Praying in Hallways
Muslim Students Denied Prayer Space in EV Building
Comments allegedly made by Dean of engineering and computer science, Robin Drew, in response to the continuing request for a prayer space in the EV building are causing concern among the directors of the Graduate Students’ Association.
Holly Nazar, GSA director for the faculty of Arts and Science, says she was told by Drew after a senate meeting on Feb. 18 that Muslim students and researchers in the faculty “don’t need to pray—this is Canada,” saying his personal opinion was that they, instead, “need to adjust.”
“I said I thought that was contrary to the values of the university,” Nazar told The Link. “It disturbs me that he thinks there’s a contradiction between being Muslim and being Canadian, that he assumes all Muslim students in engineering are international students and, for the ones that are international students, that he’s got such an unwelcoming, unaccommodating attitude.”
Nazar reported the comments to the Dean of Students, VP Services, and Concordia’s interim President Frederick Lowy, but is unaware if any follow-up has been made.
Around 20 Muslim graduate students, research assistants and teaching assistants began petitioning the faculty of engineering and computer science in early January to use an unoccupied “special projects” room on the 15th floor of the EV building several times a day for prayer. They said that the walk to and from the Hall building prayer space was taking too much time out of their work and studies.
Drew refused, saying the EV was “built to be used exclusively as a research and teaching building” with no space for student activities.
“As a secular institution, the university has no obligation to provide space for any religious practices,” said Concordia spokesperson Chris Mota, indicating that the prayer space at both downtown and Loyola campuses provided by the Concordia Student Union would have to be sufficient.
But the GSA is refusing to take no for an answer. Since January, they have brought forth the request to the School of Graduate Studies, Dean of Students, VP Services and Board of Governors.
“We’ve tried every avenue with the university, just asking politely,” said Nazar. “We get the same line over and over again. They just say that the Hall space is adequate. Then we explain why it’s not adequate and they say, well we think it’s adequate. And that’s it; there’s no conversation happening.”
The walk to the seventh floor of the Hall building from the upper levels of the EV takes roughly 10 minutes. Making the trek four or even five times per day for 10 minutes of prayer adds up to at least two hours per week.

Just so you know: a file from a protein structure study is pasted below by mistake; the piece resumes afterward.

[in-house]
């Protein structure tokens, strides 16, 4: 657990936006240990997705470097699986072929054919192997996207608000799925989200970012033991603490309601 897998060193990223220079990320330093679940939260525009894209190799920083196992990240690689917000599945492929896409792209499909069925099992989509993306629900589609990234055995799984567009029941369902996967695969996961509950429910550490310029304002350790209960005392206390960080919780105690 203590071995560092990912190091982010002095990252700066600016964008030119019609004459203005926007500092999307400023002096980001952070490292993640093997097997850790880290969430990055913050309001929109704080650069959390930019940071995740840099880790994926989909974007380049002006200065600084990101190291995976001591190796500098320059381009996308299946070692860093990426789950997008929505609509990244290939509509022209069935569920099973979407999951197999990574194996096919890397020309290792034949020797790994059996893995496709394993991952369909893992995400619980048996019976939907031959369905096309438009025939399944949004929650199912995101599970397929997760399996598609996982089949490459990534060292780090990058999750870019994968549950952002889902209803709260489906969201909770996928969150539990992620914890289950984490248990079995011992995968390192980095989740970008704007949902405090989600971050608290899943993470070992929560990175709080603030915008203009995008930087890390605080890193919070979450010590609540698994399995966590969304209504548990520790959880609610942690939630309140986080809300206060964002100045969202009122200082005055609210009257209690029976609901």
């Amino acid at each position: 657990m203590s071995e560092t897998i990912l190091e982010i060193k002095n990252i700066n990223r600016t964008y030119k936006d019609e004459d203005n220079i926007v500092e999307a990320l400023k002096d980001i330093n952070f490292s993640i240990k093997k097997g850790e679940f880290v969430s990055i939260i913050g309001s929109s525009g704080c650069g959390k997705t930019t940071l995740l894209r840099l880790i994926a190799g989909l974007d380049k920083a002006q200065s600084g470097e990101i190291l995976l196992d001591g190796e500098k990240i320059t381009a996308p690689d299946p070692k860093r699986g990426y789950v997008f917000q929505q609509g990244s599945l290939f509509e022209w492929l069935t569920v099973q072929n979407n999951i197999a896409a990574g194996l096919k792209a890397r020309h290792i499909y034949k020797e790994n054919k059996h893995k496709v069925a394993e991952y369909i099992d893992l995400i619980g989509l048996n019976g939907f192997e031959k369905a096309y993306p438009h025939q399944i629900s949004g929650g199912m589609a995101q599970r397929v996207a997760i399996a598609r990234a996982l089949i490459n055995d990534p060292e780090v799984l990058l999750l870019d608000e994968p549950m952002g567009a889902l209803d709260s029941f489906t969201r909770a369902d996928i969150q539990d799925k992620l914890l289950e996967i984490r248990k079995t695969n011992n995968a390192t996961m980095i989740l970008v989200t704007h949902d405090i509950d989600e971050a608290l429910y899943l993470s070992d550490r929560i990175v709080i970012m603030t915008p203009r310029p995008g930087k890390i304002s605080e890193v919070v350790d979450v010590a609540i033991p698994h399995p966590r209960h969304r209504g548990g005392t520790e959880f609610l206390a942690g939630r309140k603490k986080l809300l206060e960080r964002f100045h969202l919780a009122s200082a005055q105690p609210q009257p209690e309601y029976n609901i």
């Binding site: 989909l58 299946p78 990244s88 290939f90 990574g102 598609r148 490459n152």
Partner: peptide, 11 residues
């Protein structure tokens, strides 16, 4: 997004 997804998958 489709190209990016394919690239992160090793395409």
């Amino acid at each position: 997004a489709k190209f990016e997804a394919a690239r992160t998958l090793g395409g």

“It’s taking so much time that the professors are not happy,” said GSA President Adnan Abueid. “You have to leave three or four times a day for half an hour or more. That’s why the students just started to do it in the hallway.”
Individuals who raised the issue have been opting to use stairwells and other spaces that offer relative privacy for prayer in order to save time, but have been met with opposition from security who recently told them they were not allowed to pray there.
Last Thursday, the GSA passed a motion calling for the university to provide student space for general spiritual use—starting with the EV building. Abueid is attempting to negotiate with VP Services Roger Côté to have one of the four student lounges in the EV allocated as a quiet reflection space for students, religious or not, who just want a room to de-stress.
Côté’s response has been that doing so would require the university to provide such a room in each building, which would be impossible.
“Côté keeps saying that once we have the student centre, everyone is going to get space for all the specific student needs,” said Abueid. “But we still don’t know what the student centre is going to be like.”
Moreover, says Nazar, the problem is one of distance. If the university buys the Faubourg, as they have proposed, students in the EV will be faced with the same problem of having to leave the building to pray.
“This issue is not going to go away,” she said. “People are having a really hard time and they have to work in that building and they have to pray. The fact is that a lot of people are religious and it’s very difficult for them to be in school when they’re told they can’t practice their religion.”
The GSA is currently contemplating other avenues through which they can resolve this issue, such as working with the campus Multi-faith Chaplaincy or the Teaching and Research Assistants at Concordia union.
This article originally appeared in The Link Volume 31, Issue 28, published March 29, 2011.
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